Miss Jones describes it differently. “He only saw me once when I was pregnant and he came over 3AM drunk from the bar,” she recalled in correspondence provided by her representative to 71Republic. Contrary to his insistence that she was going to kidnap him, she claims, “He knew, I messaged him a week after I found out. [I begged] for him to attend the appts, ultrasound. Just anything. He didn’t.”
Six days after his son was born, Joshua Smith claims to have met the child over pizza with Miss Jones. “From that moment on,” Mr. Smith explained, “I knew I could never be away from him.” He proceeded to spend considerable amounts of time at Miss Jones’ residence to bond with his son. But things quickly soured, and as is often the case with Mr. Smith’s past, the stories of what occurred are in conflict. Mr. Smith’s GoFundMe lists a series of grievances against her: she would let him cry himself to sleep; she demanded he follow her rules even on comforting the child when crying; she refused to let him watch over his son alone; and rather than post pictures of him on Facebook, she would only post pictures of her deceased first daughter.
These last two complaints should be understood with context. In late 2011, Miss Jones’ first child was brutally murdered in the bathtub by blunt force trauma to the head. The culprit was her boyfriend at the time, who was watching their one-year old daughter alone while she was out working. Mr. Smith felt suspicious of her involvement in the death, stating “[Miss Jones] had said to the authorities that she had no idea that her one-year old daughter had been being abused, but sometimes would contradict that statement in things said to me.”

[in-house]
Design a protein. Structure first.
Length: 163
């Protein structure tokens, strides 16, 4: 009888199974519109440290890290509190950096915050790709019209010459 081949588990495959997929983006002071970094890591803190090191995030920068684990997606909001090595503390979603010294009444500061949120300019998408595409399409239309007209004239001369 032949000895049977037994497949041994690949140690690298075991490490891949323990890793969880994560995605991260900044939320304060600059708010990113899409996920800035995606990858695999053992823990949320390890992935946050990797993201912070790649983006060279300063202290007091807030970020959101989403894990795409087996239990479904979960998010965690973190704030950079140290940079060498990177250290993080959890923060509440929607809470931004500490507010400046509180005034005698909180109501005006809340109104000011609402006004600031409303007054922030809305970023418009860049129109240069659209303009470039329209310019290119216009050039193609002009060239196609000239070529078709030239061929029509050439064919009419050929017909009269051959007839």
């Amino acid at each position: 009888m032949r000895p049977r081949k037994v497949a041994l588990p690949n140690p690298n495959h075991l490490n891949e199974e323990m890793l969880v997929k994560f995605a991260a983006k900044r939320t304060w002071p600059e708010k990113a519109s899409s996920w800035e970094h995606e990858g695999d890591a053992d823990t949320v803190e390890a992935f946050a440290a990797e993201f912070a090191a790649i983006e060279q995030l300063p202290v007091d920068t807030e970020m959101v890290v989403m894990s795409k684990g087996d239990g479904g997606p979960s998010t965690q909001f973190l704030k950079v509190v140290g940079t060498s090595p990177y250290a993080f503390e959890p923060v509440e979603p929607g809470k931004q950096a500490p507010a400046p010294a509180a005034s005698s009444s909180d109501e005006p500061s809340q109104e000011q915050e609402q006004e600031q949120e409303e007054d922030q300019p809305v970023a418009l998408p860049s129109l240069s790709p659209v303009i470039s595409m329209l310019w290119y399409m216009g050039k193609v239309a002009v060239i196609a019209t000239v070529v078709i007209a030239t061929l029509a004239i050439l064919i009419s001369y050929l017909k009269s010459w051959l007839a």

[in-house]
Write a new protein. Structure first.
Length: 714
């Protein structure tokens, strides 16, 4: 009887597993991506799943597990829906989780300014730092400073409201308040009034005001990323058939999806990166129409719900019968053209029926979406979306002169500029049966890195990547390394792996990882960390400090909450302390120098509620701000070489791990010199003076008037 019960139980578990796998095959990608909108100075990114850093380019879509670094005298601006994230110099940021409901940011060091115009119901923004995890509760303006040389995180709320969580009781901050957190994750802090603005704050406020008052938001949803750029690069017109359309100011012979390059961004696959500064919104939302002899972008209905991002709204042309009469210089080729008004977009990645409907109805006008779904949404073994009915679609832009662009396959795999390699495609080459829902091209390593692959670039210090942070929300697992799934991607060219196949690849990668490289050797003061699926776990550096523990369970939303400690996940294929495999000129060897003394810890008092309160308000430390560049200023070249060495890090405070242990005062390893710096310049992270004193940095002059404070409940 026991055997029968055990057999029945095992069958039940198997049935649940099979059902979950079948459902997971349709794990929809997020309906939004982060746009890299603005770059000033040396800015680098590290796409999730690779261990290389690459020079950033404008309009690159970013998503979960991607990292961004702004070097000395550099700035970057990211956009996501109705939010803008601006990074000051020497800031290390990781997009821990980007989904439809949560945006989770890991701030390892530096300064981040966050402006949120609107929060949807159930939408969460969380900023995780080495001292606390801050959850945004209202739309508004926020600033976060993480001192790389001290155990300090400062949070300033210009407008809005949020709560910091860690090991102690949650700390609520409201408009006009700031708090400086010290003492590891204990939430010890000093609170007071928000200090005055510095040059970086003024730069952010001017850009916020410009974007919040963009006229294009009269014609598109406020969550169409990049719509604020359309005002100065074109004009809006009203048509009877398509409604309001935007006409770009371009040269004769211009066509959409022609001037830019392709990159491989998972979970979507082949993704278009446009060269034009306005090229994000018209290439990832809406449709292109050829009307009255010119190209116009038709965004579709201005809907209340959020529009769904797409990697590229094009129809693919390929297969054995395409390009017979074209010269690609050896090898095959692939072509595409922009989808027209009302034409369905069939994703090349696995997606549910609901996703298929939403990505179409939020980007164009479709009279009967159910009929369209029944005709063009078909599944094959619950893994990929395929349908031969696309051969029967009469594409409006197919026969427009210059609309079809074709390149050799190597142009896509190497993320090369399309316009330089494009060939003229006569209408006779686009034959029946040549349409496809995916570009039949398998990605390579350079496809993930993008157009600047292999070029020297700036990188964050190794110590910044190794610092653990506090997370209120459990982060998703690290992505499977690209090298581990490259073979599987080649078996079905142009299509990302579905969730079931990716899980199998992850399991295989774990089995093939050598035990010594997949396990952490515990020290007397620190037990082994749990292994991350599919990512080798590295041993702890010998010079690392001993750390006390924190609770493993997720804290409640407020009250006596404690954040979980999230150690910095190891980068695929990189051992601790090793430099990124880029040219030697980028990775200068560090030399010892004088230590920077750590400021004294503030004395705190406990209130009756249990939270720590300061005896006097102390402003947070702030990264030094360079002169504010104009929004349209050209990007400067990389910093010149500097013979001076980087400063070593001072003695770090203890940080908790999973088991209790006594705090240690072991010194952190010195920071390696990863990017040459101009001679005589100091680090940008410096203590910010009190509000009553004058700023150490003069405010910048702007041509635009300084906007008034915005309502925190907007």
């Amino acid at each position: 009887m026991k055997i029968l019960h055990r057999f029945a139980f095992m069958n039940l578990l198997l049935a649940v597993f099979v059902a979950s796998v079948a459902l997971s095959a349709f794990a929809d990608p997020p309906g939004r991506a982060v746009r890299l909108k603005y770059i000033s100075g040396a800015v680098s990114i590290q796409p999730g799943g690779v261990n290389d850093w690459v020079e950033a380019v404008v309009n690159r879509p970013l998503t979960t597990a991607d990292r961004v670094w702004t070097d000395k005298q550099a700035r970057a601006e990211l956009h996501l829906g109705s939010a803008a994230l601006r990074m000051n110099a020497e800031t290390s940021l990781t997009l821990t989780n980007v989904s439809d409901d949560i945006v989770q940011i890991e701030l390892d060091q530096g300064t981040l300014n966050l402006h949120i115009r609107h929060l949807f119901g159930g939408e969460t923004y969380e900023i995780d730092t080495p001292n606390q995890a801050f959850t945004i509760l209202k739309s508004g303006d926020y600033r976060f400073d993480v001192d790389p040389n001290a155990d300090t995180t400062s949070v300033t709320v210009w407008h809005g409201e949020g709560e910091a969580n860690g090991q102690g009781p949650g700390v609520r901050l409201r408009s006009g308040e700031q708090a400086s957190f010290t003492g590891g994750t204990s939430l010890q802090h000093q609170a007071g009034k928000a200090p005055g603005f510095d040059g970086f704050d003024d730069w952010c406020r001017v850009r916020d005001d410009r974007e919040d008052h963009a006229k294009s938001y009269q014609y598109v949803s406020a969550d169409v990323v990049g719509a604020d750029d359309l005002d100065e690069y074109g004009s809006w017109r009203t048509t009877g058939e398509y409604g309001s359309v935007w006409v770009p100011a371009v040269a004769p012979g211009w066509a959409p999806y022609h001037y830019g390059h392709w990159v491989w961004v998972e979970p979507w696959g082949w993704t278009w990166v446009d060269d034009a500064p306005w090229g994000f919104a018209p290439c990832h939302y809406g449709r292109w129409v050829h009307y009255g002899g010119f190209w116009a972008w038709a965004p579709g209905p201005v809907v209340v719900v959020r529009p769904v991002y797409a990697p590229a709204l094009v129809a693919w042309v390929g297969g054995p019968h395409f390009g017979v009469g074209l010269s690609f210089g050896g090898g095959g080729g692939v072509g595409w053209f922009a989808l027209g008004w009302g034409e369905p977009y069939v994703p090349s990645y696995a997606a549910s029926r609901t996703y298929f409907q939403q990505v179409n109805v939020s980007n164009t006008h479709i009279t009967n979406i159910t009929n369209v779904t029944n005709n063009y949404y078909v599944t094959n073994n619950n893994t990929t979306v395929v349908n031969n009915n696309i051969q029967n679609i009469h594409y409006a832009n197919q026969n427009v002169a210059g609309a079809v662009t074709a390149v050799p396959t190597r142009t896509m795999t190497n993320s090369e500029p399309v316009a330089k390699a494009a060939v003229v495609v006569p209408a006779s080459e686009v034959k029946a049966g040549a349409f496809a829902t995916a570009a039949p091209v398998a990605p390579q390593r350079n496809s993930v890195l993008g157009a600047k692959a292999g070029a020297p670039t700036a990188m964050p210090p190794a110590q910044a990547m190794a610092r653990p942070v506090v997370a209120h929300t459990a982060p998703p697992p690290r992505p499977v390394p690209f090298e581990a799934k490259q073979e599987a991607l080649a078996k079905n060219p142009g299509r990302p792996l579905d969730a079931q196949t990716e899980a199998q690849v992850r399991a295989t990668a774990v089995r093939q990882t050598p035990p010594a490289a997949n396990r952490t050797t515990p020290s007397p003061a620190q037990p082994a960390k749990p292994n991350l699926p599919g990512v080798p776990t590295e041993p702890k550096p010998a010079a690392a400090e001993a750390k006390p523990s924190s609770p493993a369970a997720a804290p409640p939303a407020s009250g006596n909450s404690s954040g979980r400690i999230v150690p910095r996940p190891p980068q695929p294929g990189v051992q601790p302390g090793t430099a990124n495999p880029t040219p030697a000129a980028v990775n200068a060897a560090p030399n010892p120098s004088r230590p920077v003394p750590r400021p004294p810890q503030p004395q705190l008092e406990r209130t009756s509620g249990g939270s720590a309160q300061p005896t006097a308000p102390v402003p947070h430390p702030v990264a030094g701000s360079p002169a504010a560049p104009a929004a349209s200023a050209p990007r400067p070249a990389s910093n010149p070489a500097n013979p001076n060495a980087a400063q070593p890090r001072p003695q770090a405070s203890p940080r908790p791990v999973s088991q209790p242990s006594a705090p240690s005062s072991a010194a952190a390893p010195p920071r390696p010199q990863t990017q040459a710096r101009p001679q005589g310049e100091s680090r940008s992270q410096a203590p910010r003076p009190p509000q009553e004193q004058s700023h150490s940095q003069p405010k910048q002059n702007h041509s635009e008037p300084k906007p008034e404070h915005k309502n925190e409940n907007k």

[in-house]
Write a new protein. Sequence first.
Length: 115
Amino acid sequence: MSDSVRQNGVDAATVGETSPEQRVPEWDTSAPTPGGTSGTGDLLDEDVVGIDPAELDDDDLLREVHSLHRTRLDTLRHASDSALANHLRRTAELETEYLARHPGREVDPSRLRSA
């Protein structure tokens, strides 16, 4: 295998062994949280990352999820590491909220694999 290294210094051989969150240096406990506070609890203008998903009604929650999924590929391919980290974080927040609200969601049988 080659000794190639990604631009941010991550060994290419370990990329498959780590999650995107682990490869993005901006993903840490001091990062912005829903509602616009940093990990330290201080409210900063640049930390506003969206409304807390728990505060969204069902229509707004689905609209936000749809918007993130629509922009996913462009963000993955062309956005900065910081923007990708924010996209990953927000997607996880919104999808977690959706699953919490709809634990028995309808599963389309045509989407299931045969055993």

He went on to paint a portrait of a woman losing her mind. “About two weeks in to dating this woman, I started to notice that things were not right. She would take things I said, completely switch them up, and start serious fights over them. I am not talking about normal fights, I am talking about me being scared to go to sleep around her kind of fights. She showed signs of being a sociopath, and somewhat borderline personality disorder. There was a very real disconnect between her mental state and reality. It honestly scared the shit out of me. It eventually led to me cutting her out of my life.”
Naturally, Miss Jones disagreed with that characterization. When asked if she felt he was trying to play the victim, she responded by pointing, unprompted, to his GoFundMe page. “It was very hurtful because he was trying to make me out as a bad mom n talked about my daughter. Joshua is a sick man and I hope he gets help.” But disagreements over parenting wasn’t all she alleged. A restraining order was obtained. “Joshua was emotionally abusive towards me. Some mild physical. It wasn’t enough to keep the RO,” an order Mr. Smith referred to as “perjury ridden.”
His future behavior would eventually prove enough to obtain another one. As outside journalists began to piece this story together and requested detail and comment from Miss Jones, he and his mother began to harass her, Miss Jones’ representative alleges. The harassment has continued to such a degree that, according to her representative, a new restraining order is going to be filed against him this week.
Ultimately, despite a public announcement to a local radio station that he was meeting with his lawyer to prepare for the case, Mr. Smith represented himself in court. When the custody case was finally heard by the judge, it did not end well for him. While the paternity test verified that he was the father, the judge came down decisively on Miss Jones’ side, awarding her full custody. They were so distrustful of Mr. Smith’s allegations against Miss Jones that the custody agreement’s 19th Finding of Fact stated, “If Father engages in any public defamation against the Mother at any time in the future, then this court has made clear that the minor child may be removed from him and that this court, upon mother’s motion, may order no-contact between [his son] and Father on the basis said public defamation is harmful to the health, safety, and welfare of this child.”